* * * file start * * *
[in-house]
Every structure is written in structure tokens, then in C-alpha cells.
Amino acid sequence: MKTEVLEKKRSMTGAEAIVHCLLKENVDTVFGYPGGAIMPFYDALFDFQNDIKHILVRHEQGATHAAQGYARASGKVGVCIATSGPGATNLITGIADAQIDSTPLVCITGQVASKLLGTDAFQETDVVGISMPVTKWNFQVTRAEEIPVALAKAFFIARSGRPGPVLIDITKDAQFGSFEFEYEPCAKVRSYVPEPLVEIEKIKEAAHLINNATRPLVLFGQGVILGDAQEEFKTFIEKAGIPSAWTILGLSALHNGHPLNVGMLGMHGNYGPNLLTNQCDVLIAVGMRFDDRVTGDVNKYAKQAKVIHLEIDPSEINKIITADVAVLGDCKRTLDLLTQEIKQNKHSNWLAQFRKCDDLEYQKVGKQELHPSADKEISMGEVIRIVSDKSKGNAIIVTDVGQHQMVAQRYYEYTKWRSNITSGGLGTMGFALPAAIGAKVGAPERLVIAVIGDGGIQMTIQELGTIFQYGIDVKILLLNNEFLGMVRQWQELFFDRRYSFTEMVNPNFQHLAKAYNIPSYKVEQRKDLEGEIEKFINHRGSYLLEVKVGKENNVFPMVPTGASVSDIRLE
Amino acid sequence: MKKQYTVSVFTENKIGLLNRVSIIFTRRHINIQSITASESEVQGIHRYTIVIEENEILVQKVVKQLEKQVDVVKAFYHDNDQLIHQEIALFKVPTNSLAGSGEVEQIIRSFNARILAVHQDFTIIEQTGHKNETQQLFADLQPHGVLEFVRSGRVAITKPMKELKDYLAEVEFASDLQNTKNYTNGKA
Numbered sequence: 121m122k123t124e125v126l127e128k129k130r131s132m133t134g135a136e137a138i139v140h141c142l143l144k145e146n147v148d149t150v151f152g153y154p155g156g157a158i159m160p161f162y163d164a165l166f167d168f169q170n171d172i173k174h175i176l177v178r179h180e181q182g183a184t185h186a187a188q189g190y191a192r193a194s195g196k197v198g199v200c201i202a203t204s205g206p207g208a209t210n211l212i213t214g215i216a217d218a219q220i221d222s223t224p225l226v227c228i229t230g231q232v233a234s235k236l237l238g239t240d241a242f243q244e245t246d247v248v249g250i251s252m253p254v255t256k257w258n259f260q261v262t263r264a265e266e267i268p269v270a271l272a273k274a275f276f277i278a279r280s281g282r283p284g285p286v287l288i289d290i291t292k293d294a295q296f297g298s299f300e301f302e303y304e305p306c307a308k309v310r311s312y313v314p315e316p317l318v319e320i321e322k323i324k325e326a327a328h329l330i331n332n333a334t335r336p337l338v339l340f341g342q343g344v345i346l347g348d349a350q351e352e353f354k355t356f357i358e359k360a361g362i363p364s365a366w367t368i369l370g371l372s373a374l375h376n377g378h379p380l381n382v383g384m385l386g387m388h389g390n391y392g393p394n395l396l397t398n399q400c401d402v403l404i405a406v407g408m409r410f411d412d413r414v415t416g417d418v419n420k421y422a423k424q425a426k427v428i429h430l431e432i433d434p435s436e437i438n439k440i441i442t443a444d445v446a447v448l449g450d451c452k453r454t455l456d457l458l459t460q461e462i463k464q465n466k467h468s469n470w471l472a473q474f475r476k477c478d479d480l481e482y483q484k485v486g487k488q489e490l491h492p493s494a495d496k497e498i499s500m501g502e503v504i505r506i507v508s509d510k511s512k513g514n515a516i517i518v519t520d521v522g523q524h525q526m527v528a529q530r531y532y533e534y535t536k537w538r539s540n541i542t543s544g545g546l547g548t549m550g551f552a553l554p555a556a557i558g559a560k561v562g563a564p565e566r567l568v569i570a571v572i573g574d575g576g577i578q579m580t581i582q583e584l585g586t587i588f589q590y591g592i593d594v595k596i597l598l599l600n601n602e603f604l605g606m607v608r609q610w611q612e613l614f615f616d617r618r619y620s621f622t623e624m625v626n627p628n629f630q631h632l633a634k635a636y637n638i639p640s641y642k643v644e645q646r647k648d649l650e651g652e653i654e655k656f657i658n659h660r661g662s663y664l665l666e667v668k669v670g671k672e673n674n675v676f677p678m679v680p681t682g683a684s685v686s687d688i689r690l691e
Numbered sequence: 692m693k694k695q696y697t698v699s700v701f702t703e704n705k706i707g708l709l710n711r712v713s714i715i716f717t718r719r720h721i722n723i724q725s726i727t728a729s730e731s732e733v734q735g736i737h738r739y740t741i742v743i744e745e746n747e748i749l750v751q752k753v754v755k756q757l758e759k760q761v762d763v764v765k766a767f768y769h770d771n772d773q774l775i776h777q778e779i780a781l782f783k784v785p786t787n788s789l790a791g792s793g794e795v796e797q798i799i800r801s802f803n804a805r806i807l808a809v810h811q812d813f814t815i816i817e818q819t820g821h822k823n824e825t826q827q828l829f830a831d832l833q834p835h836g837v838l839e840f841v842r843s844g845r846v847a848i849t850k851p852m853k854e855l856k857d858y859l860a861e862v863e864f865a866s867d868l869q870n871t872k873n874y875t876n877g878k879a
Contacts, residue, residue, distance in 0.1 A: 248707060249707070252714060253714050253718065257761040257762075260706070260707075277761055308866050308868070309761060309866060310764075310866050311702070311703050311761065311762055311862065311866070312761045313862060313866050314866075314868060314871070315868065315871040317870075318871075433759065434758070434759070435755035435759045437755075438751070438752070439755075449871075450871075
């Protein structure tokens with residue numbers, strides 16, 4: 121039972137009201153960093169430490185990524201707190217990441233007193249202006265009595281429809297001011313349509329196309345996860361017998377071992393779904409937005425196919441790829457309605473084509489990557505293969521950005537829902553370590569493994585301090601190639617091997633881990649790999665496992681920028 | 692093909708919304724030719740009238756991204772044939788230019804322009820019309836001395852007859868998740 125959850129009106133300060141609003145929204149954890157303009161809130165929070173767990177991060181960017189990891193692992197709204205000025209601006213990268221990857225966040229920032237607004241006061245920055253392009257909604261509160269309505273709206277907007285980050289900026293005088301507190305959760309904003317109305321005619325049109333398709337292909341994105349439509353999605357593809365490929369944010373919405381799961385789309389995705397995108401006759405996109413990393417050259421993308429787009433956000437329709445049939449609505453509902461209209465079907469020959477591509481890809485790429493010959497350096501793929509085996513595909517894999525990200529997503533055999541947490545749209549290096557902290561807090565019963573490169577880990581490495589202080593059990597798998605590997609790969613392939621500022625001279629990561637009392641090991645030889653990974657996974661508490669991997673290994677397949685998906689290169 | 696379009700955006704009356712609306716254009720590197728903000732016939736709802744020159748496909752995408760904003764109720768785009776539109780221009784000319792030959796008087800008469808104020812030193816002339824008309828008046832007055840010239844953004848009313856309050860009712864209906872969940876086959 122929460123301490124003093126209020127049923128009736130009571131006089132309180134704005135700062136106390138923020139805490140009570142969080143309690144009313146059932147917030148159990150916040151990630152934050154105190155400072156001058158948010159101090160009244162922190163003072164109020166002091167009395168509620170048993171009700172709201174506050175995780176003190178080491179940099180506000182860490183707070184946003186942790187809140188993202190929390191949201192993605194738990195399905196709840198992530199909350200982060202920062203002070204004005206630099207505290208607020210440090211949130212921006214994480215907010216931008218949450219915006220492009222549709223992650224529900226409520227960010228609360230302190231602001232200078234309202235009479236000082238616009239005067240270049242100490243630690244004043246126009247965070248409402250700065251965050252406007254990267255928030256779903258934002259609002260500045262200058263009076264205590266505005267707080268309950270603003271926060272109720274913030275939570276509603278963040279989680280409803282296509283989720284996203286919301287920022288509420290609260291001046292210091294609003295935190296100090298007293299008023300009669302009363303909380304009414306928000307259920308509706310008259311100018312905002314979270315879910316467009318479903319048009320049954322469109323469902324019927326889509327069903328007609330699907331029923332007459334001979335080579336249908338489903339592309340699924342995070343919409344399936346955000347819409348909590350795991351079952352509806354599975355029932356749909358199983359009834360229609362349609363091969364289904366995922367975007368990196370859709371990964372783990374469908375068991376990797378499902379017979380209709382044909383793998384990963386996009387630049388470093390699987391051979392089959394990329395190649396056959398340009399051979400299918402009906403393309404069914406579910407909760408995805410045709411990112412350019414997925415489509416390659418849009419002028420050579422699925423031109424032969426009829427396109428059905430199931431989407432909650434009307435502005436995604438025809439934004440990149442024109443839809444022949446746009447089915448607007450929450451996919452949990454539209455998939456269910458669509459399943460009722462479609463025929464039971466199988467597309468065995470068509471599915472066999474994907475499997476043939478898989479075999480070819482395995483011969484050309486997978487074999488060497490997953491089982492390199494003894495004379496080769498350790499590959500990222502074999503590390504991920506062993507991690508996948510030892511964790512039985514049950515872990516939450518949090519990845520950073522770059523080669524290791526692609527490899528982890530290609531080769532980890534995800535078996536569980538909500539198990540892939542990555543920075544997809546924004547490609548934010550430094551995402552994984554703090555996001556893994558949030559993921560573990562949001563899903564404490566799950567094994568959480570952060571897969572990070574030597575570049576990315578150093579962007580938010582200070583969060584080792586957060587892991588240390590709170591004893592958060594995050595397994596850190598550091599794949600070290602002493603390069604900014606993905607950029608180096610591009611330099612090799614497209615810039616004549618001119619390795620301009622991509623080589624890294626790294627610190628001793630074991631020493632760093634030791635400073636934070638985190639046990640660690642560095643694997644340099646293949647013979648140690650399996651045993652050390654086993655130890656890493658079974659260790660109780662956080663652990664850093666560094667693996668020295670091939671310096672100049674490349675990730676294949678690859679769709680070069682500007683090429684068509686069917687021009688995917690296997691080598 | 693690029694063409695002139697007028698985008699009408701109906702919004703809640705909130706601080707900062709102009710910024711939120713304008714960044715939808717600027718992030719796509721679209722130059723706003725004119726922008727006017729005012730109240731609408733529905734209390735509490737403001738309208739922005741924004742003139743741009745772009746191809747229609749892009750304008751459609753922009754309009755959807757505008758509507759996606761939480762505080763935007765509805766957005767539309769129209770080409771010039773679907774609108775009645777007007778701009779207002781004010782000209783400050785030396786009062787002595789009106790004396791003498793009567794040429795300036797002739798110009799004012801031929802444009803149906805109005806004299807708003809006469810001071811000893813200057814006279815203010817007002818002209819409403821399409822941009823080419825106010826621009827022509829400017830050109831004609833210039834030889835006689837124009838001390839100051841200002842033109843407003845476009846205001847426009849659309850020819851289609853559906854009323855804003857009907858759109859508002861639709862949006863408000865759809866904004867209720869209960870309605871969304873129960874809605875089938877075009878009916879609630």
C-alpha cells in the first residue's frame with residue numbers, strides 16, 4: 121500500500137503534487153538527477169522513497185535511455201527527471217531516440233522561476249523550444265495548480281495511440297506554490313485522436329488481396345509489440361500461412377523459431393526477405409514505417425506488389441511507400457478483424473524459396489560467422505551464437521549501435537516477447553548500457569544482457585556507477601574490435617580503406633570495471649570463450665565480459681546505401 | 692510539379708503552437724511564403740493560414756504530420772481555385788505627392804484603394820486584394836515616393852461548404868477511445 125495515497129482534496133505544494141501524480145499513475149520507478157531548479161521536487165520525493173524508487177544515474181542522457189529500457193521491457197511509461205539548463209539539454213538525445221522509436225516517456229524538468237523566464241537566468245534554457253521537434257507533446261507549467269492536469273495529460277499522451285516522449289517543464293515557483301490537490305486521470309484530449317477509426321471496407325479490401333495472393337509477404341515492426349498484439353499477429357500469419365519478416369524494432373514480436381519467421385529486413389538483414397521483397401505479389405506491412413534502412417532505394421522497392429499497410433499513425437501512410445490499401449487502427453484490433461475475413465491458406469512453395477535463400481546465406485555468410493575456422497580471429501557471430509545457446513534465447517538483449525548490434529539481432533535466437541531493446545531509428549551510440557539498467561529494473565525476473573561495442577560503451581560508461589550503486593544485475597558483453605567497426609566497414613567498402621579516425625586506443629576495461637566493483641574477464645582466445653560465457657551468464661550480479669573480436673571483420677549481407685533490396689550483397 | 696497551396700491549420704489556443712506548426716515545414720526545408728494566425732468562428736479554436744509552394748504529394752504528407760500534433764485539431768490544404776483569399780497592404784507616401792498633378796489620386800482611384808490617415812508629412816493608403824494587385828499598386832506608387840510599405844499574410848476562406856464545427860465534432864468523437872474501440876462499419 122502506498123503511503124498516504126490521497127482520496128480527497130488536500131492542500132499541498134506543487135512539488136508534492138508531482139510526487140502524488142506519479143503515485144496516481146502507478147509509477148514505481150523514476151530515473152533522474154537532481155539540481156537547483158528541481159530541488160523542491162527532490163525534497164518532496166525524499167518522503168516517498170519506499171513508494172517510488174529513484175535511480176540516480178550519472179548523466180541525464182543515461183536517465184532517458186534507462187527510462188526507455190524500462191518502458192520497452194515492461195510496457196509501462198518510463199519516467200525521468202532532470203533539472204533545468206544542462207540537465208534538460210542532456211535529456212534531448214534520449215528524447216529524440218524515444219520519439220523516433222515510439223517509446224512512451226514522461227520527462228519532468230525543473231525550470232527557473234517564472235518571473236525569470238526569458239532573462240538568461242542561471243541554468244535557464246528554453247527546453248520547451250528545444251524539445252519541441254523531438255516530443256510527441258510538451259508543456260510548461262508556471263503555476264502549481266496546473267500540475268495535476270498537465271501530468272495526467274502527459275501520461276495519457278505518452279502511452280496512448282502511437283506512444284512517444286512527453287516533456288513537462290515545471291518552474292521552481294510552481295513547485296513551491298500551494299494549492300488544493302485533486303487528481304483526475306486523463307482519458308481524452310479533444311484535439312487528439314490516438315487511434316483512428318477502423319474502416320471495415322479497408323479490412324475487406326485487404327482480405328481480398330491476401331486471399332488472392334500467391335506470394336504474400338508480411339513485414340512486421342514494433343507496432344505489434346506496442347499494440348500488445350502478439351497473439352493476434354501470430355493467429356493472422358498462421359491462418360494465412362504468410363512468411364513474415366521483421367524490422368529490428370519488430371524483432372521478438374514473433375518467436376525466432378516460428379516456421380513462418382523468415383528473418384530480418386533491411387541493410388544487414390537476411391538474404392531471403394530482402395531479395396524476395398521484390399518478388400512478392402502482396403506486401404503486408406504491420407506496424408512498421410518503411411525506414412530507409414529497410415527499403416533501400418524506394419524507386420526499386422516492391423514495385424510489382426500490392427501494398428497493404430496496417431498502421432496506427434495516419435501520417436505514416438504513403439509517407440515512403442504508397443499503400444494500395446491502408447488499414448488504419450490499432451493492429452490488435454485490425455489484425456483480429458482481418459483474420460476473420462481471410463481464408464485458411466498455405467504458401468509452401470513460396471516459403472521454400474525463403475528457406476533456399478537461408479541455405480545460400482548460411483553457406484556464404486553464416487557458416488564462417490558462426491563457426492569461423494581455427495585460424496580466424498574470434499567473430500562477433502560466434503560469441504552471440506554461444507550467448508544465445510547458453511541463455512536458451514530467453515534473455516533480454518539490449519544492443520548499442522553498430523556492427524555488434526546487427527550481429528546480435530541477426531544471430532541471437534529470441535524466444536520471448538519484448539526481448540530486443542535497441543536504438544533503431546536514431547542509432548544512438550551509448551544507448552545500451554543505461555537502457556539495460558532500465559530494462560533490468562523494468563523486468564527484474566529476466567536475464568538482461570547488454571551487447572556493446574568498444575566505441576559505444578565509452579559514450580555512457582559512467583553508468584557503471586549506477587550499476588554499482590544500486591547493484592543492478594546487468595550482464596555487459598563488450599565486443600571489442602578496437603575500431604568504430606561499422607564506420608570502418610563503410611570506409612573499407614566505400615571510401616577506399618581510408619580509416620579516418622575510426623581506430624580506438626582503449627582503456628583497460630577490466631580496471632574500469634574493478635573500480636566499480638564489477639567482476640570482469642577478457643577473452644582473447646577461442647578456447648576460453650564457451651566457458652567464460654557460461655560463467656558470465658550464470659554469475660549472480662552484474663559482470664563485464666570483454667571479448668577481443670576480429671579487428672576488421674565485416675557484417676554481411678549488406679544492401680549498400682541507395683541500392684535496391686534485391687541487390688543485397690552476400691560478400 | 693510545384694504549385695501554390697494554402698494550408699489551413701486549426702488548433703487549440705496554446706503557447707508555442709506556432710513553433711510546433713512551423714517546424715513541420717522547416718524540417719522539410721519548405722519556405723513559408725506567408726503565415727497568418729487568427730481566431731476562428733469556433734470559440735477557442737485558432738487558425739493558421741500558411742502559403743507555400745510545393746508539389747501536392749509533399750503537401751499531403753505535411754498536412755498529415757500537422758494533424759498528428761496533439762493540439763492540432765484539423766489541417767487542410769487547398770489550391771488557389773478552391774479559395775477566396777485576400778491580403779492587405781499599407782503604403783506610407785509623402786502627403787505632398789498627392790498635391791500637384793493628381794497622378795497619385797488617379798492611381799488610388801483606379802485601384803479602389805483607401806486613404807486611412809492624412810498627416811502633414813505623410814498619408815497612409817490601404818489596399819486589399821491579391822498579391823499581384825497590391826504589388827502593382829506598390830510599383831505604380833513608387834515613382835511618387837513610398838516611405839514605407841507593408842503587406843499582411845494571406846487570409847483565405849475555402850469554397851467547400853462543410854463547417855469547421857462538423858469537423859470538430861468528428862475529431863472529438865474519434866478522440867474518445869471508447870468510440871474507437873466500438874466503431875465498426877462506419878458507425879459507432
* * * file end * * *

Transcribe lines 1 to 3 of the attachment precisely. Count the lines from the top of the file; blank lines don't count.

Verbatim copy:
[in-house]
Every structure is written in structure tokens, then in C-alpha cells.
Amino acid sequence: MKTEVLEKKRSMTGAEAIVHCLLKENVDTVFGYPGGAIMPFYDALFDFQNDIKHILVRHEQGATHAAQGYARASGKVGVCIATSGPGATNLITGIADAQIDSTPLVCITGQVASKLLGTDAFQETDVVGISMPVTKWNFQVTRAEEIPVALAKAFFIARSGRPGPVLIDITKDAQFGSFEFEYEPCAKVRSYVPEPLVEIEKIKEAAHLINNATRPLVLFGQGVILGDAQEEFKTFIEKAGIPSAWTILGLSALHNGHPLNVGMLGMHGNYGPNLLTNQCDVLIAVGMRFDDRVTGDVNKYAKQAKVIHLEIDPSEINKIITADVAVLGDCKRTLDLLTQEIKQNKHSNWLAQFRKCDDLEYQKVGKQELHPSADKEISMGEVIRIVSDKSKGNAIIVTDVGQHQMVAQRYYEYTKWRSNITSGGLGTMGFALPAAIGAKVGAPERLVIAVIGDGGIQMTIQELGTIFQYGIDVKILLLNNEFLGMVRQWQELFFDRRYSFTEMVNPNFQHLAKAYNIPSYKVEQRKDLEGEIEKFINHRGSYLLEVKVGKENNVFPMVPTGASVSDIRLE